Should the Vatican trust China?
An American firm that tracks state-backed cyber attacks has found evidence that the Chinese government used hackers to infiltrate the computer networks of the Vatican. The hacking is thought to relate to upcoming negotiation talks between the Vatican and China. Should the Vatican trust China? And what is the best way to attain a good relationship between the two countries?
The hackers’ attack
The American firm announced on 29 July that they found evidence that the Chinese government used hackers to infiltrate the computer networks of the Vatican. The attacks are said to have begun in May. It is suggested the attack was intended to give China insights into the negotiation position of the Vatican ahead of important talks between the Vatican and China over the appointment of new bishops in China. The negotiations were meant to restore diplomatic relations between China and the Vatican and the content is kept very secret.   However, China has negated the attack.
Does the Vatican trust China?
The fact that the Vatican does not trust China is evident. In 2019, the Vatican moved its secret archive – placed in Hong Kong (China) – to Rome (Italy). This was due to the Vatican’s suspicion and fear that the documents would be seized or destroyed by the Chinese government and intelligence. After the attacks in May, the suspicion indeed proved justified.
China and religious communities
Another reason not to trust China is that in July, Chinese officials reportedly instructed Christians in several regions to destroy crosses and other religious paraphernalia and replace them with communist party symbols. In addition to cracking down on Christian groups and churches, party officials have also barred Tibetan children from undertaking Buddhist studies, and have imprisoned Muslim ethnic minorities – the Uyghurs – in “re-education camps.”  
Does the Vatican fear China?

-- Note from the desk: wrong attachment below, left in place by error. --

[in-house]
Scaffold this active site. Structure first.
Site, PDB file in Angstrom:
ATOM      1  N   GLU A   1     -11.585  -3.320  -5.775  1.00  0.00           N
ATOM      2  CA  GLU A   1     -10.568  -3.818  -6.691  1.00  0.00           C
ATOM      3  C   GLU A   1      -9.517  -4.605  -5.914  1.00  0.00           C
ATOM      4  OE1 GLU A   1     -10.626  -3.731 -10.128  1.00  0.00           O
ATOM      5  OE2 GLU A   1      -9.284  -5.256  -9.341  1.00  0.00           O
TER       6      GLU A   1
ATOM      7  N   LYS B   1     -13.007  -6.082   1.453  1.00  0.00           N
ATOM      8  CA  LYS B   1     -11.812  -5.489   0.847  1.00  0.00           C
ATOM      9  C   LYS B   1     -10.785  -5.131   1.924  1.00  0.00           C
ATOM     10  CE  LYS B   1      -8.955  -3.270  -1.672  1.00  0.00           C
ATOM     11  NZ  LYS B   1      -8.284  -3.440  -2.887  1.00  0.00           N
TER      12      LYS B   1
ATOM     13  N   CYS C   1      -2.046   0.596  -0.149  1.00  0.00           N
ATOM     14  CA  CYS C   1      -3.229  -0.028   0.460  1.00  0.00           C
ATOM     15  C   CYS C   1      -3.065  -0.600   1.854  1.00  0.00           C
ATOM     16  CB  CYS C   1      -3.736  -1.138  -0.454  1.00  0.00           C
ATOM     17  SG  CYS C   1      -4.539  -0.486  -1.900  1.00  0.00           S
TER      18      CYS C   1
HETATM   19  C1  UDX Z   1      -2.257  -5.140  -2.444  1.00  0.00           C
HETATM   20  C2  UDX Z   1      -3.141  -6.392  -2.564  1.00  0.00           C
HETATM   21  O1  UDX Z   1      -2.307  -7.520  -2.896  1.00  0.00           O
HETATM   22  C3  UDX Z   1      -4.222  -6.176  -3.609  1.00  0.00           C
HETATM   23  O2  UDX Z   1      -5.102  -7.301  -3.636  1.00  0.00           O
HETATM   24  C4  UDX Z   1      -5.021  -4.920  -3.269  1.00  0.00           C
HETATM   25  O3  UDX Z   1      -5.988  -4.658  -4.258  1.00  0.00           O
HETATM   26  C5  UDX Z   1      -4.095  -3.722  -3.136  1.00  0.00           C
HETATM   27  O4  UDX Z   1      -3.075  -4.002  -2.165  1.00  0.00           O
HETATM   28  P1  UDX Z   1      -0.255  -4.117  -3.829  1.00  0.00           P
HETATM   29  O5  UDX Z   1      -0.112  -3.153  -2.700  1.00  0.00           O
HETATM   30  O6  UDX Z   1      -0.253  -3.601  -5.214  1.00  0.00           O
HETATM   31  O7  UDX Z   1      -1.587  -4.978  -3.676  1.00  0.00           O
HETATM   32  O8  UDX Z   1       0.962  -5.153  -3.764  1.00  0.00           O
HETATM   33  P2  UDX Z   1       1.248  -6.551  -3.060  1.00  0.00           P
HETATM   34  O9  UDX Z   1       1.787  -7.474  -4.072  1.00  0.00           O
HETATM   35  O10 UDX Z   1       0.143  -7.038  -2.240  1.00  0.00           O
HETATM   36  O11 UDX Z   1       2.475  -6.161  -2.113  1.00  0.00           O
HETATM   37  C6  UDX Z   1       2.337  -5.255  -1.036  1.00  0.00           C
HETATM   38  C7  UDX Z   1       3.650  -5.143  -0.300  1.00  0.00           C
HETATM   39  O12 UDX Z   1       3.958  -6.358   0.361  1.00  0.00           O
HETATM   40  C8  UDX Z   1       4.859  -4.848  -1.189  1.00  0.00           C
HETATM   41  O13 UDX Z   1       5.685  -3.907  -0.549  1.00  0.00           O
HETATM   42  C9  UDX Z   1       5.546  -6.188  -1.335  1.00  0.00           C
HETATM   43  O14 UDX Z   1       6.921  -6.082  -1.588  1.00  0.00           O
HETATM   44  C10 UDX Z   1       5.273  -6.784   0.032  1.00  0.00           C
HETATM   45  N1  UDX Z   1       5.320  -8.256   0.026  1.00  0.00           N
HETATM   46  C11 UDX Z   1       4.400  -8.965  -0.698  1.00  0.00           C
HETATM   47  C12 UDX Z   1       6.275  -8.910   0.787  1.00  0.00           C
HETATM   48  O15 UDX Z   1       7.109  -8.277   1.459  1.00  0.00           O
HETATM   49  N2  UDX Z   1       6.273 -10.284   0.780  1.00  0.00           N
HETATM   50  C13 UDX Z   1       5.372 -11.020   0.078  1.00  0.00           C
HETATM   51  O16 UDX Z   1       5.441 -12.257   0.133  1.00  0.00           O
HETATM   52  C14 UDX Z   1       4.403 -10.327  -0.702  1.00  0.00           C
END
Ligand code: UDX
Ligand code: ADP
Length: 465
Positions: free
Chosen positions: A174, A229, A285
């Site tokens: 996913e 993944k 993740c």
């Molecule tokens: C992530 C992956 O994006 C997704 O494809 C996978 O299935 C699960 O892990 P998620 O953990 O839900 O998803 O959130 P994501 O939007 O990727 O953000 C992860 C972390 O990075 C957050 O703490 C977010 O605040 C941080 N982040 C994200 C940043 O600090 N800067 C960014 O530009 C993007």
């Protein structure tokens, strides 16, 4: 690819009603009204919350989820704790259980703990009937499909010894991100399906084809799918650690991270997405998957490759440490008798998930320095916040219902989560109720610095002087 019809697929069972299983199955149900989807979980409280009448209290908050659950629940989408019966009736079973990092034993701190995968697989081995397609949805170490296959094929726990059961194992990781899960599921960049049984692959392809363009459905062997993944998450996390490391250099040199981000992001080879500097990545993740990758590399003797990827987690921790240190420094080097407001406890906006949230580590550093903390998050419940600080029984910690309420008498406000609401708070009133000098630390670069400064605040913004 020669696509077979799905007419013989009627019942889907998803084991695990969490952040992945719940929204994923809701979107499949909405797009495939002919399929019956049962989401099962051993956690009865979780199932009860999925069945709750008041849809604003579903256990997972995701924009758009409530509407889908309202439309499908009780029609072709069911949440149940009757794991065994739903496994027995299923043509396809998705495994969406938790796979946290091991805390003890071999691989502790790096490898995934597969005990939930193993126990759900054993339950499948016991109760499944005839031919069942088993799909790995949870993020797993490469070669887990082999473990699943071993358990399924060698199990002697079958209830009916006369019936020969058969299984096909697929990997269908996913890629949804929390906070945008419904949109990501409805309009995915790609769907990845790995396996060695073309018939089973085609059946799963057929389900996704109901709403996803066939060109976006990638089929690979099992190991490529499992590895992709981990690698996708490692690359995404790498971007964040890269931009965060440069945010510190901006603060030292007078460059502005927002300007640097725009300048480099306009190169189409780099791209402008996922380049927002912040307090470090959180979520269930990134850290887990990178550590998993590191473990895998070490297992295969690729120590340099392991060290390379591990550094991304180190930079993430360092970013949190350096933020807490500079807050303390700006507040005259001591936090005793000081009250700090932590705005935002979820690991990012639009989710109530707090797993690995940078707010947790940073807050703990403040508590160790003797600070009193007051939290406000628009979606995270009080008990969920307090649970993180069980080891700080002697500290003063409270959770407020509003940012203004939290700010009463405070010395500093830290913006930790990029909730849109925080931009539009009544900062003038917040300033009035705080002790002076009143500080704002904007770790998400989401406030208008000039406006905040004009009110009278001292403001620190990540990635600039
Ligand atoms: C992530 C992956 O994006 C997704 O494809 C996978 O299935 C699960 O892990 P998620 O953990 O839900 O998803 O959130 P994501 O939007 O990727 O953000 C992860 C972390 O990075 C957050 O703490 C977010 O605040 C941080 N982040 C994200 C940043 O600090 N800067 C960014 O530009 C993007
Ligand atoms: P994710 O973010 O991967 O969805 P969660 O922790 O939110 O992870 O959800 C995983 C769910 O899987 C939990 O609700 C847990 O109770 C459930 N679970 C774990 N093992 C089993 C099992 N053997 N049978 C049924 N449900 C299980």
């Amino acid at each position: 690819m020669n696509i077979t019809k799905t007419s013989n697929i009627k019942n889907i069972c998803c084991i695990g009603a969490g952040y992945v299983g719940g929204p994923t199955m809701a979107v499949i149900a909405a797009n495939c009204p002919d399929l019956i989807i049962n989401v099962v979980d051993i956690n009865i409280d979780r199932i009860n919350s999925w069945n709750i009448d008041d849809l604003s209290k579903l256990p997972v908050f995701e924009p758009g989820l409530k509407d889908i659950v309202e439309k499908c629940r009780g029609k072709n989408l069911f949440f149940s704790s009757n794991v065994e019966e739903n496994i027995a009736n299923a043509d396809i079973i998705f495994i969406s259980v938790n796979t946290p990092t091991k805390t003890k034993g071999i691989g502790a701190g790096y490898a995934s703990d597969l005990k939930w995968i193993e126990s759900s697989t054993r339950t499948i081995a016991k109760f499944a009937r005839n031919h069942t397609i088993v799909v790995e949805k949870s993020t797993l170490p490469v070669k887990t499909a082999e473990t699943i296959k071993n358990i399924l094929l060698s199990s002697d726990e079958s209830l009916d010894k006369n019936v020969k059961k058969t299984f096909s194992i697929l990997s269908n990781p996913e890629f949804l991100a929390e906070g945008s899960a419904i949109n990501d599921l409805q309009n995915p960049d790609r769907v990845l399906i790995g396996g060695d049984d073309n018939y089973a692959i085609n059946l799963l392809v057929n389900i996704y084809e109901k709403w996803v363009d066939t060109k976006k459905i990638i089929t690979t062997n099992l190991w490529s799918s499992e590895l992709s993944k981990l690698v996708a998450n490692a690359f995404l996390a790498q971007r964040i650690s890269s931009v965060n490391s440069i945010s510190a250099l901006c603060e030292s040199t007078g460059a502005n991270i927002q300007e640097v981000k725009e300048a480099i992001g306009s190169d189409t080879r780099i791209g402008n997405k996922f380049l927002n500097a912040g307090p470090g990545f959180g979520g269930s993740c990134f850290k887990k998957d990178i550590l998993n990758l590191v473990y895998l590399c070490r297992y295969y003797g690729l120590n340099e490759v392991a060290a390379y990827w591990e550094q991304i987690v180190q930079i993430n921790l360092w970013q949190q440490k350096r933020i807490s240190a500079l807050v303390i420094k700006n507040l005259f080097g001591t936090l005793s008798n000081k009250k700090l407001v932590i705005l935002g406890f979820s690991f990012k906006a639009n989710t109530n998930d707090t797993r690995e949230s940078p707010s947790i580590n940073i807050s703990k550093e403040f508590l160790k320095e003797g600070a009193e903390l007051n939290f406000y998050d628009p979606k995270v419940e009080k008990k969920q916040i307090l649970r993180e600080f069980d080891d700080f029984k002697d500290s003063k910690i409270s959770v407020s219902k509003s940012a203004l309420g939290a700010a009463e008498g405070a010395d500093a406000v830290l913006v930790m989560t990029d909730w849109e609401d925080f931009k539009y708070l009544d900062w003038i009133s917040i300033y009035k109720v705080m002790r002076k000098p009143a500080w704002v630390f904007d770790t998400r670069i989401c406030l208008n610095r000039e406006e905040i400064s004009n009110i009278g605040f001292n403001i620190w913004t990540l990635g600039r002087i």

In the meantime, the pope seems to avoid provoking China. In July, Pope Francis avoided reading part of a speech about the situation in Hong Kong where the Beijing regime is crushing freedom and autonomy of the people of Hong Kong. The pope knew that talking about Hong Kong would mean breaking relations with China, which is why, some argue, the pope chose not to express himself.  
Criticising the Vatican
Some are criticising the pope and the Vatican for not intervening in defense of Christians and other minorities that are persecuted by the communist regime. For instance, the former British governor of Hong Kong, Chris Patten, directly criticised Pope Francis for staying silent and not commenting on the illegitimate expansionism in China and for not speaking out against the persecutions of Christians, Muslims, and even citizens who oppose the Chinese regime and believe in democracy. Furthermore, the pope did not speak out against a new law that could damage the Catholic education programme and impose a communist one.
US President Donald Trump’s administration and American conservatives also criticise the pope’s openness towards China. They argue that the talks between China and the Vatican legitimise China’s behavior and demonstrate that the Vatican geopolitics is focused too much eastward.
The pragmatic question
The Vatican seems to be torn by the desire for peace and tolerance and the direct and indirect attacks it receives from China. It is not easy to understand whether the pope and the Vatican are weak or rather pragmatic towards China. Is it better to pardon China some of its attacks in order to achieve diplomatic goals, or should the pope intervene more in favour of the people of China that are suffering?
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